Sorghum is the fifth most important cereal in the world. In sub-Saharan Africa, many farmers rely on this grain for food and feed. But Striga, a parasitic weed, can have a devastating impact on crop yield. With an 8-million-dollar grant from the Bill & Melinda Gates Foundation, an international team will now explore the potential of soil microbes to offer crop protection. The Netherlands Institute of Ecology (NIOO-KNAW) is coordinating this 5-year project.
With the world population growing and environmental problems increasing, we’re facing a huge challenge to secure our food production. How can we feed so many people in a sustainable way? Fortunately, nature has billions of potential helpers on offer. Microbes are often associated with disease and decay. But the vast majority supports us with essential services, ranging from purifying our water to breaking down toxins and protecting crops against diseases and pests.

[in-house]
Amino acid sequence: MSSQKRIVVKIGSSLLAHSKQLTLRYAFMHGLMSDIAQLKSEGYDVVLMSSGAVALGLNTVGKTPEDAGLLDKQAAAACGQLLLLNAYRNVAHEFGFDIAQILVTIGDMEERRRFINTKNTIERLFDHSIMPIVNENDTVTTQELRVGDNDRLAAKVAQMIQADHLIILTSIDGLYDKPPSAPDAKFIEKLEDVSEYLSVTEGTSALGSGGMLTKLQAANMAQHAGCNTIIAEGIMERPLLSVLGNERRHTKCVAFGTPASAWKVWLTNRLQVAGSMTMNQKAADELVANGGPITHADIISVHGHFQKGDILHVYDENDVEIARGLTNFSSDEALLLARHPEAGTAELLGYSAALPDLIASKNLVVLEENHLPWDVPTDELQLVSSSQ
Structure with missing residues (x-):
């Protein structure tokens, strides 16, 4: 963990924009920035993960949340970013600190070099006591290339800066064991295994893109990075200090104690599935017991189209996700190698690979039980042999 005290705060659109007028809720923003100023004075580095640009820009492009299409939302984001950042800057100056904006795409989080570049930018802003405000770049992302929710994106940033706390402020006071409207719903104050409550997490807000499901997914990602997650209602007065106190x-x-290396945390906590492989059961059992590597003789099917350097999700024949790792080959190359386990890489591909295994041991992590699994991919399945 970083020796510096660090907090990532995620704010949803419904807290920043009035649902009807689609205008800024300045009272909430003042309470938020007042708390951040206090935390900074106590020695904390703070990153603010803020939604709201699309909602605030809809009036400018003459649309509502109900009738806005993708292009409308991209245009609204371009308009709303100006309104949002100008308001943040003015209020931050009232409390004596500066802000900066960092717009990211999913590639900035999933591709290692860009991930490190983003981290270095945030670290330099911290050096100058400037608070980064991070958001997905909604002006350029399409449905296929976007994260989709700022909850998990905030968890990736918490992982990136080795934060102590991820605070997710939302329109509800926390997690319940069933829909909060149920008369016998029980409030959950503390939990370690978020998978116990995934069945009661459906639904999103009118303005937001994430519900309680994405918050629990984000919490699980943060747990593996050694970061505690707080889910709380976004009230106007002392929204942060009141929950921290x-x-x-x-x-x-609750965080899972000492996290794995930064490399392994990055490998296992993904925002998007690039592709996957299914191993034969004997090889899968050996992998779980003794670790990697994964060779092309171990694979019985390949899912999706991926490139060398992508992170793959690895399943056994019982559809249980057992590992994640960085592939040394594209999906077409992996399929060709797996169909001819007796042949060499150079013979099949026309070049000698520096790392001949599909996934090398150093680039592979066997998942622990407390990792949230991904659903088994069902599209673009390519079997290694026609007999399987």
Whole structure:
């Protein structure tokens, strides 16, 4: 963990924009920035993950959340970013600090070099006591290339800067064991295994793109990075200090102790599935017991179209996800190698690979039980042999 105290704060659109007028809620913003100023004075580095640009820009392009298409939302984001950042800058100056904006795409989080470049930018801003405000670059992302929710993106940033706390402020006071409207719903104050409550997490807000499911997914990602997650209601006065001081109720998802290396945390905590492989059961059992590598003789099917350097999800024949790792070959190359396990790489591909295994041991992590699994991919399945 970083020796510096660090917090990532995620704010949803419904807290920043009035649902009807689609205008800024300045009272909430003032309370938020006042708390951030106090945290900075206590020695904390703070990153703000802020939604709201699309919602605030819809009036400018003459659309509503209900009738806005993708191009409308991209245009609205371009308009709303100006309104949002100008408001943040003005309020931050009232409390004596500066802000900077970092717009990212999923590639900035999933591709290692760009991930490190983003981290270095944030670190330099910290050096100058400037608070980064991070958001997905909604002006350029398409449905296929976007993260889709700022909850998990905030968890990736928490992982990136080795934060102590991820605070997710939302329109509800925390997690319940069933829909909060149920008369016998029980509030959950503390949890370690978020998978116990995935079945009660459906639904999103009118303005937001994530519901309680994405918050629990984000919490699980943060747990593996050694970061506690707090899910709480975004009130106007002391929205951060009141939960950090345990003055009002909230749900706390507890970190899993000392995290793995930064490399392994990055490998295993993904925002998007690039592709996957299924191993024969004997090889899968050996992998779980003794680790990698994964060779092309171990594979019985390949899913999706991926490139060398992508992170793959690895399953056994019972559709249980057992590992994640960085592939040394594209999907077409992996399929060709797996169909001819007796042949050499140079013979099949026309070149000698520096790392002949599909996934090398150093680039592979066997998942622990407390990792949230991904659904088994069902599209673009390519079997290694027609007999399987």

In Sub-Saharan Africa, sorghum is a major resource for food and feed. But its production is severely constrained by the parasitic plant Striga. Known as ‘witch weed’, this widespread, purple-flowered beauty feasts on the roots of sorghum and there isn’t much smallholder farmers can do. Current research shows that the average yield loss of sorghum in Sub-Saharan Africa due to Striga can exceed 50%, aggravating poverty and hunger. But this could be about to change.
The Netherlands Institute of Ecology (NIOO) is one of the largest research institutes of the Royal Netherlands Academy of Arts and Sciences (KNAW), with more than 200 employees and students. It is specialised in fundamental and strategic ecological research. Since early 2011 the NIOO is based in a sustainably built research laboratory in Wageningen, the Netherlands.